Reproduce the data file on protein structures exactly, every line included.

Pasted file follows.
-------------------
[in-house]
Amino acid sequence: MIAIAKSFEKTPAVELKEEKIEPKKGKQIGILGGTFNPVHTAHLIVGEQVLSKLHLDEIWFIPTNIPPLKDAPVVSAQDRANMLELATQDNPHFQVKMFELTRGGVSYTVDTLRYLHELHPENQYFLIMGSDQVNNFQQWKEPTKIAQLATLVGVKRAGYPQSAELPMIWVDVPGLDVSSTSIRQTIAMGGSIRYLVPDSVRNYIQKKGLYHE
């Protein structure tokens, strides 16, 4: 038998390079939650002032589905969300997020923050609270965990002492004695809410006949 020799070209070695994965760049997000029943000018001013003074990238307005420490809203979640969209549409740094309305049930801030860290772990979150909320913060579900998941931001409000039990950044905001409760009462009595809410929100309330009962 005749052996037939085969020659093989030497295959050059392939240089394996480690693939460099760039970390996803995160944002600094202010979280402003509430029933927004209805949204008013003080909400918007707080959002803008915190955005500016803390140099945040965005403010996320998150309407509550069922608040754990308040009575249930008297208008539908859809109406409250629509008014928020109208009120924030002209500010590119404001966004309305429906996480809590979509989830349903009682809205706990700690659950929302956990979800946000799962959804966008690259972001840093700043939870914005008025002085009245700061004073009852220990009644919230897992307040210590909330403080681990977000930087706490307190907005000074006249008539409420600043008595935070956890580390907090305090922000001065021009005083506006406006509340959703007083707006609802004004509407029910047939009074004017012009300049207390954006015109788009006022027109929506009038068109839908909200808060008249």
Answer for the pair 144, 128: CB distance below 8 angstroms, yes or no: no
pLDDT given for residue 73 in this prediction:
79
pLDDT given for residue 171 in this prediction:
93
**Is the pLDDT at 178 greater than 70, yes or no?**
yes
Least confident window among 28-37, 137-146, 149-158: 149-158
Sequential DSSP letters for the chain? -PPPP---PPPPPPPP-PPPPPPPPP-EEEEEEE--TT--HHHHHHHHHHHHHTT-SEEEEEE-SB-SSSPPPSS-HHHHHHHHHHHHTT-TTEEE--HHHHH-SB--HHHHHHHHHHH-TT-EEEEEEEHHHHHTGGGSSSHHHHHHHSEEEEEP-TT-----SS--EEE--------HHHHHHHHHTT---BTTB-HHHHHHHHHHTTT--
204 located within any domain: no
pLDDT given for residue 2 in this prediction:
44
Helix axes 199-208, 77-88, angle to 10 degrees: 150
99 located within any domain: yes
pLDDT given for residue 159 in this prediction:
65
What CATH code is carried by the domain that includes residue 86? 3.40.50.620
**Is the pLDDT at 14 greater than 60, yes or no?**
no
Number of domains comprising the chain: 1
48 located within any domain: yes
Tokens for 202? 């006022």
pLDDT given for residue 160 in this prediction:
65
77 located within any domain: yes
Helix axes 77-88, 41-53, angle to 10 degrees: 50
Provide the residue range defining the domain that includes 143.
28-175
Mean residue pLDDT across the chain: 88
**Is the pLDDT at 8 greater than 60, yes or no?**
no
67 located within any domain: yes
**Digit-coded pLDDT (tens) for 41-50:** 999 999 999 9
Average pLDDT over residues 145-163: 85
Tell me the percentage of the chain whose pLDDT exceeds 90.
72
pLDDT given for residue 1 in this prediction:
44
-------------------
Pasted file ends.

[in-house]
Amino acid sequence: MIAIAKSFEKTPAVELKEEKIEPKKGKQIGILGGTFNPVHTAHLIVGEQVLSKLHLDEIWFIPTNIPPLKDAPVVSAQDRANMLELATQDNPHFQVKMFELTRGGVSYTVDTLRYLHELHPENQYFLIMGSDQVNNFQQWKEPTKIAQLATLVGVKRAGYPQSAELPMIWVDVPGLDVSSTSIRQTIAMGGSIRYLVPDSVRNYIQKKGLYHE
């Protein structure tokens, strides 16, 4: 038998390079939650002032589905969300997020923050609270965990002492004695809410006949 020799070209070695994965760049997000029943000018001013003074990238307005420490809203979640969209549409740094309305049930801030860290772990979150909320913060579900998941931001409000039990950044905001409760009462009595809410929100309330009962 005749052996037939085969020659093989030497295959050059392939240089394996480690693939460099760039970390996803995160944002600094202010979280402003509430029933927004209805949204008013003080909400918007707080959002803008915190955005500016803390140099945040965005403010996320998150309407509550069922608040754990308040009575249930008297208008539908859809109406409250629509008014928020109208009120924030002209500010590119404001966004309305429906996480809590979509989830349903009682809205706990700690659950929302956990979800946000799962959804966008690259972001840093700043939870914005008025002085009245700061004073009852220990009644919230897992307040210590909330403080681990977000930087706490307190907005000074006249008539409420600043008595935070956890580390907090305090922000001065021009005083506006406006509340959703007083707006609802004004509407029910047939009074004017012009300049207390954006015109788009006022027109929506009038068109839908909200808060008249």
Answer for the pair 144, 128: CB distance below 8 angstroms, yes or no: no
pLDDT given for residue 73 in this prediction:
79
pLDDT given for residue 171 in this prediction:
93
**Is the pLDDT at 178 greater than 70, yes or no?**
yes
Least confident window among 28-37, 137-146, 149-158: 149-158
Sequential DSSP letters for the chain? -PPPP---PPPPPPPP-PPPPPPPPP-EEEEEEE--TT--HHHHHHHHHHHHHTT-SEEEEEE-SB-SSSPPPSS-HHHHHHHHHHHHTT-TTEEE--HHHHH-SB--HHHHHHHHHHH-TT-EEEEEEEHHHHHTGGGSSSHHHHHHHSEEEEEP-TT-----SS--EEE--------HHHHHHHHHTT---BTTB-HHHHHHHHHHTTT--
204 located within any domain: no
pLDDT given for residue 2 in this prediction:
44
Helix axes 199-208, 77-88, angle to 10 degrees: 150
99 located within any domain: yes
pLDDT given for residue 159 in this prediction:
65
What CATH code is carried by the domain that includes residue 86? 3.40.50.620
**Is the pLDDT at 14 greater than 60, yes or no?**
no
Number of domains comprising the chain: 1
48 located within any domain: yes
Tokens for 202? 């006022």
pLDDT given for residue 160 in this prediction:
65
77 located within any domain: yes
Helix axes 77-88, 41-53, angle to 10 degrees: 50
Provide the residue range defining the domain that includes 143.
28-175
Mean residue pLDDT across the chain: 88
**Is the pLDDT at 8 greater than 60, yes or no?**
no
67 located within any domain: yes
**Digit-coded pLDDT (tens) for 41-50:** 999 999 999 9
Average pLDDT over residues 145-163: 85
Tell me the percentage of the chain whose pLDDT exceeds 90.
72
pLDDT given for residue 1 in this prediction:
44